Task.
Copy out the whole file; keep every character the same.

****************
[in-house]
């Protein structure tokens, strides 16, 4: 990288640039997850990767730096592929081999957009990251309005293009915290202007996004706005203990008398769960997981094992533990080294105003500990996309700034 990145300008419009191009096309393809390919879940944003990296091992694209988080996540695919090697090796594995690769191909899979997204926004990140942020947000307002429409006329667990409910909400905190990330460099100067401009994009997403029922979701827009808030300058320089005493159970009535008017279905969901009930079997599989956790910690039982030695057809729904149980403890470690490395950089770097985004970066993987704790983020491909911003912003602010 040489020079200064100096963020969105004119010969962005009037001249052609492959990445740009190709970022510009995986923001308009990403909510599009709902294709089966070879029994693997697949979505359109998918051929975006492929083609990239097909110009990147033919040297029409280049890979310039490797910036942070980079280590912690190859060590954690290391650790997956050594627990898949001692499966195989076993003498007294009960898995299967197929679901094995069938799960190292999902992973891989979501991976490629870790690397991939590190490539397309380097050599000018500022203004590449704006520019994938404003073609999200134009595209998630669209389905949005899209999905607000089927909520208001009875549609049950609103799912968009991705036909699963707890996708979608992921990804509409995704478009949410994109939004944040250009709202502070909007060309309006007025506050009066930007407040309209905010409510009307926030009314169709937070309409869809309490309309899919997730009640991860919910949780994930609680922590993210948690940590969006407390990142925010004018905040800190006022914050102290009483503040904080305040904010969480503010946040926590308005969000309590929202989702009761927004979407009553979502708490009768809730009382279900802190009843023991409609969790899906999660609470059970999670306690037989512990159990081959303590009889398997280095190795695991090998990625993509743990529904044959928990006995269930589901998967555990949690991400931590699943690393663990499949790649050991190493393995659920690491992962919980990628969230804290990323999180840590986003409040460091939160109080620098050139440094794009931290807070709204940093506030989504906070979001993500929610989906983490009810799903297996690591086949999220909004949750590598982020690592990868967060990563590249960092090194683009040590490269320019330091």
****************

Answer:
[in-house]
């Protein structure tokens, strides 16, 4: 990288640039997850990767730096592929081999957009990251309005293009915290202007996004706005203990008398769960997981094992533990080294105003500990996309700034 990145300008419009191009096309393809390919879940944003990296091992694209988080996540695919090697090796594995690769191909899979997204926004990140942020947000307002429409006329667990409910909400905190990330460099100067401009994009997403029922979701827009808030300058320089005493159970009535008017279905969901009930079997599989956790910690039982030695057809729904149980403890470690490395950089770097985004970066993987704790983020491909911003912003602010 040489020079200064100096963020969105004119010969962005009037001249052609492959990445740009190709970022510009995986923001308009990403909510599009709902294709089966070879029994693997697949979505359109998918051929975006492929083609990239097909110009990147033919040297029409280049890979310039490797910036942070980079280590912690190859060590954690290391650790997956050594627990898949001692499966195989076993003498007294009960898995299967197929679901094995069938799960190292999902992973891989979501991976490629870790690397991939590190490539397309380097050599000018500022203004590449704006520019994938404003073609999200134009595209998630669209389905949005899209999905607000089927909520208001009875549609049950609103799912968009991705036909699963707890996708979608992921990804509409995704478009949410994109939004944040250009709202502070909007060309309006007025506050009066930007407040309209905010409510009307926030009314169709937070309409869809309490309309899919997730009640991860919910949780994930609680922590993210948690940590969006407390990142925010004018905040800190006022914050102290009483503040904080305040904010969480503010946040926590308005969000309590929202989702009761927004979407009553979502708490009768809730009382279900802190009843023991409609969790899906999660609470059970999670306690037989512990159990081959303590009889398997280095190795695991090998990625993509743990529904044959928990006995269930589901998967555990949690991400931590699943690393663990499949790649050991190493393995659920690491992962919980990628969230804290990323999180840590986003409040460091939160109080620098050139440094794009931290807070709204940093506030989504906070979001993500929610989906983490009810799903297996690591086949999220909004949750590598982020690592990868967060990563590249960092090194683009040590490269320019330091």